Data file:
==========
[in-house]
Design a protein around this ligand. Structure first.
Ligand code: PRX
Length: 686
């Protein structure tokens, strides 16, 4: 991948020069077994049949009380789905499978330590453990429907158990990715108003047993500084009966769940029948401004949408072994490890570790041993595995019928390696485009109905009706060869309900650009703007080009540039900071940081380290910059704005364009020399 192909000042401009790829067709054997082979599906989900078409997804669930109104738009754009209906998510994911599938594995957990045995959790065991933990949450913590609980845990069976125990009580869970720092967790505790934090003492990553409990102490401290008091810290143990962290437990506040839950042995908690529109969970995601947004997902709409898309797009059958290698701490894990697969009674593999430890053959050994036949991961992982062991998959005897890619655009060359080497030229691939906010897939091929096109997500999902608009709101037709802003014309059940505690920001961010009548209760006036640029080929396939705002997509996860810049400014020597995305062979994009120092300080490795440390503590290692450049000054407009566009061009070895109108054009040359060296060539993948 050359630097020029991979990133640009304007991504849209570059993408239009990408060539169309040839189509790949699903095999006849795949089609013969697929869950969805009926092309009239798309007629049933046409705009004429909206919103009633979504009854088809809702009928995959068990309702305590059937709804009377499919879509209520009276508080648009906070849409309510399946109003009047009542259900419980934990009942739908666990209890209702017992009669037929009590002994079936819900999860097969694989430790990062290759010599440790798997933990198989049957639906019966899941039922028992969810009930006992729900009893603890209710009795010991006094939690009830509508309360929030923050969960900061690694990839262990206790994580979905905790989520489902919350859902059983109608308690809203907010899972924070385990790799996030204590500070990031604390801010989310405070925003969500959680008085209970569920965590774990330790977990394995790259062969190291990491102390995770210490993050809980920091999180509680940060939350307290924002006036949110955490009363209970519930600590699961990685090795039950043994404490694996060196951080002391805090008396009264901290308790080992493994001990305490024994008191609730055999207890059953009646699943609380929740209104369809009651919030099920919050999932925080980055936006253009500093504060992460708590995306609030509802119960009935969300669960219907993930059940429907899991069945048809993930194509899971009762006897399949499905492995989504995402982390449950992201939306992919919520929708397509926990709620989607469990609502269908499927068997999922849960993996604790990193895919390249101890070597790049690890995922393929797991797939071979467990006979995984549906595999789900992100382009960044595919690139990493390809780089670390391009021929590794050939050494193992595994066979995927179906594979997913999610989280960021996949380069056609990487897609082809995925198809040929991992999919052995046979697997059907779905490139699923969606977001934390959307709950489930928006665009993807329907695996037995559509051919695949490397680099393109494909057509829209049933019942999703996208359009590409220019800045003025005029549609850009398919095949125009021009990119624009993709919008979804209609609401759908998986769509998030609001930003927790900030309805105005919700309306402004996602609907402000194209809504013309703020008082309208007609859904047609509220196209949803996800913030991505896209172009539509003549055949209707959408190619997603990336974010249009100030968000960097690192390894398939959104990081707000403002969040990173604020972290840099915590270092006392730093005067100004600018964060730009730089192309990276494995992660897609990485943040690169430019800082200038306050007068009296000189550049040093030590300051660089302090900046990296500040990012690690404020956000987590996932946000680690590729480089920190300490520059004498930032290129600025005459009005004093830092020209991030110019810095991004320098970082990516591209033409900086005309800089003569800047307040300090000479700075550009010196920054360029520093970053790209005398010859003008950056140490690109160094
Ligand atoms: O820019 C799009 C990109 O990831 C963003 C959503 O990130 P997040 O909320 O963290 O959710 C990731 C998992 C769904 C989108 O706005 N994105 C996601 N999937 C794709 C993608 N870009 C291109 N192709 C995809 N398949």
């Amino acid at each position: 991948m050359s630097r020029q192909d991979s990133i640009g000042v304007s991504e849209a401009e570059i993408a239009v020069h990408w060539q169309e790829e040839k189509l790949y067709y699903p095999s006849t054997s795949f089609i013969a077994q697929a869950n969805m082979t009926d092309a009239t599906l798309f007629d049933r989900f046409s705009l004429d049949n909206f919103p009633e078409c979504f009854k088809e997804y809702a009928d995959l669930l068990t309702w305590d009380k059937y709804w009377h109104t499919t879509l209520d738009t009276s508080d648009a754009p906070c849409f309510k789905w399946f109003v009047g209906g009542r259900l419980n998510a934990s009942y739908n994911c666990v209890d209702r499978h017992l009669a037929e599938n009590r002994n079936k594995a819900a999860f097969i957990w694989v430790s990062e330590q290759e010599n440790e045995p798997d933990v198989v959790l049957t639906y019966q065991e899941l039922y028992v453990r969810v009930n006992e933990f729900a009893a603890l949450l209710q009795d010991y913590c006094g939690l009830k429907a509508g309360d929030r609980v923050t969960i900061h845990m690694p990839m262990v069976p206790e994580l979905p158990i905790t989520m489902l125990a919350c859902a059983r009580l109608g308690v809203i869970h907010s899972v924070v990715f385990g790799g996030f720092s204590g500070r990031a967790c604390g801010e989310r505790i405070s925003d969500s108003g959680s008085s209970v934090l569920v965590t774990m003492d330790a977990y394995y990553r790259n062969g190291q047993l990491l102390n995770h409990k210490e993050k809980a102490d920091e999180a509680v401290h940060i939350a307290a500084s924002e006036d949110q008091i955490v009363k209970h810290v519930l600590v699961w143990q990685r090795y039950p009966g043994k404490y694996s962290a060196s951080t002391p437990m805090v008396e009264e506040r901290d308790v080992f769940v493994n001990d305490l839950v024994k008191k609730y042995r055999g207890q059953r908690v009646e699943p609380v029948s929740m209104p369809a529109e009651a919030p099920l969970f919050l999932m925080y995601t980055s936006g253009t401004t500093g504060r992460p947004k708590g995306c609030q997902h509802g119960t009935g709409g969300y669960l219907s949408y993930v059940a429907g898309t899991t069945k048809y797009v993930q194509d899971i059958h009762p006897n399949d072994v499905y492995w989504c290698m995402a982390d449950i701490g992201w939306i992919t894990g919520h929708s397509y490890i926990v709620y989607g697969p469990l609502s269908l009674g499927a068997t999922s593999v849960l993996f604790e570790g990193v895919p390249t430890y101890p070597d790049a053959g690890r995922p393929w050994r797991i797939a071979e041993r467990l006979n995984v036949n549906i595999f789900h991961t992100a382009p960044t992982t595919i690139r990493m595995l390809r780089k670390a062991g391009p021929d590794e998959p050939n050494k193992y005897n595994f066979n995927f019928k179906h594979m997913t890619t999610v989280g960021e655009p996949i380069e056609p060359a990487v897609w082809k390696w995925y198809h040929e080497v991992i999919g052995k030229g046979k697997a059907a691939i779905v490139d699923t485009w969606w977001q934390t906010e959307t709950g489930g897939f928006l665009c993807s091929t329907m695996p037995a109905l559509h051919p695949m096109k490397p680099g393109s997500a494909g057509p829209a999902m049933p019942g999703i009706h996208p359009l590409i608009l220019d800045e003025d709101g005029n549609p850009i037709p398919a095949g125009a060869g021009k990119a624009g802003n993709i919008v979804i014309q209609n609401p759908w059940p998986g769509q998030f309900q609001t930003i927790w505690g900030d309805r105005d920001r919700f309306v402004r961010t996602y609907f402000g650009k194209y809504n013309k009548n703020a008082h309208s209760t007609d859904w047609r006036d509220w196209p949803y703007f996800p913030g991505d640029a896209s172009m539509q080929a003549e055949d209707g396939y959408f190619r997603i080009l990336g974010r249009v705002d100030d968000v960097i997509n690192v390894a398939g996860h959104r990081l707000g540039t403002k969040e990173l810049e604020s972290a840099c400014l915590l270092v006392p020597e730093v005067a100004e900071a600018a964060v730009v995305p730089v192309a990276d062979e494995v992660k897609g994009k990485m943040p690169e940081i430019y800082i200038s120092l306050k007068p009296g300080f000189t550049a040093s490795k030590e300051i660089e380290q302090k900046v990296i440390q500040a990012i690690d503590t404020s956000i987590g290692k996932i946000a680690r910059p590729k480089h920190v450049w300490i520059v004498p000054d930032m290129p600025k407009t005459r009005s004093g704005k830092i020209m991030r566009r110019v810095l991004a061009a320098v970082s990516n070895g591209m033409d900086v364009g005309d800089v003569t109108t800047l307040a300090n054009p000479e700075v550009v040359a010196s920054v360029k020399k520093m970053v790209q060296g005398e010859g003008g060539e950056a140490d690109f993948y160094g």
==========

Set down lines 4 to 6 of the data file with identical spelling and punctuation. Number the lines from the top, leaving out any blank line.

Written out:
Length: 686
């Protein structure tokens, strides 16, 4: 991948020069077994049949009380789905499978330590453990429907158990990715108003047993500084009966769940029948401004949408072994490890570790041993595995019928390696485009109905009706060869309900650009703007080009540039900071940081380290910059704005364009020399 192909000042401009790829067709054997082979599906989900078409997804669930109104738009754009209906998510994911599938594995957990045995959790065991933990949450913590609980845990069976125990009580869970720092967790505790934090003492990553409990102490401290008091810290143990962290437990506040839950042995908690529109969970995601947004997902709409898309797009059958290698701490894990697969009674593999430890053959050994036949991961992982062991998959005897890619655009060359080497030229691939906010897939091929096109997500999902608009709101037709802003014309059940505690920001961010009548209760006036640029080929396939705002997509996860810049400014020597995305062979994009120092300080490795440390503590290692450049000054407009566009061009070895109108054009040359060296060539993948 050359630097020029991979990133640009304007991504849209570059993408239009990408060539169309040839189509790949699903095999006849795949089609013969697929869950969805009926092309009239798309007629049933046409705009004429909206919103009633979504009854088809809702009928995959068990309702305590059937709804009377499919879509209520009276508080648009906070849409309510399946109003009047009542259900419980934990009942739908666990209890209702017992009669037929009590002994079936819900999860097969694989430790990062290759010599440790798997933990198989049957639906019966899941039922028992969810009930006992729900009893603890209710009795010991006094939690009830509508309360929030923050969960900061690694990839262990206790994580979905905790989520489902919350859902059983109608308690809203907010899972924070385990790799996030204590500070990031604390801010989310405070925003969500959680008085209970569920965590774990330790977990394995790259062969190291990491102390995770210490993050809980920091999180509680940060939350307290924002006036949110955490009363209970519930600590699961990685090795039950043994404490694996060196951080002391805090008396009264901290308790080992493994001990305490024994008191609730055999207890059953009646699943609380929740209104369809009651919030099920919050999932925080980055936006253009500093504060992460708590995306609030509802119960009935969300669960219907993930059940429907899991069945048809993930194509899971009762006897399949499905492995989504995402982390449950992201939306992919919520929708397509926990709620989607469990609502269908499927068997999922849960993996604790990193895919390249101890070597790049690890995922393929797991797939071979467990006979995984549906595999789900992100382009960044595919690139990493390809780089670390391009021929590794050939050494193992595994066979995927179906594979997913999610989280960021996949380069056609990487897609082809995925198809040929991992999919052995046979697997059907779905490139699923969606977001934390959307709950489930928006665009993807329907695996037995559509051919695949490397680099393109494909057509829209049933019942999703996208359009590409220019800045003025005029549609850009398919095949125009021009990119624009993709919008979804209609609401759908998986769509998030609001930003927790900030309805105005919700309306402004996602609907402000194209809504013309703020008082309208007609859904047609509220196209949803996800913030991505896209172009539509003549055949209707959408190619997603990336974010249009100030968000960097690192390894398939959104990081707000403002969040990173604020972290840099915590270092006392730093005067100004600018964060730009730089192309990276494995992660897609990485943040690169430019800082200038306050007068009296000189550049040093030590300051660089302090900046990296500040990012690690404020956000987590996932946000680690590729480089920190300490520059004498930032290129600025005459009005004093830092020209991030110019810095991004320098970082990516591209033409900086005309800089003569800047307040300090000479700075550009010196920054360029520093970053790209005398010859003008950056140490690109160094
Ligand atoms: O820019 C799009 C990109 O990831 C963003 C959503 O990130 P997040 O909320 O963290 O959710 C990731 C998992 C769904 C989108 O706005 N994105 C996601 N999937 C794709 C993608 N870009 C291109 N192709 C995809 N398949």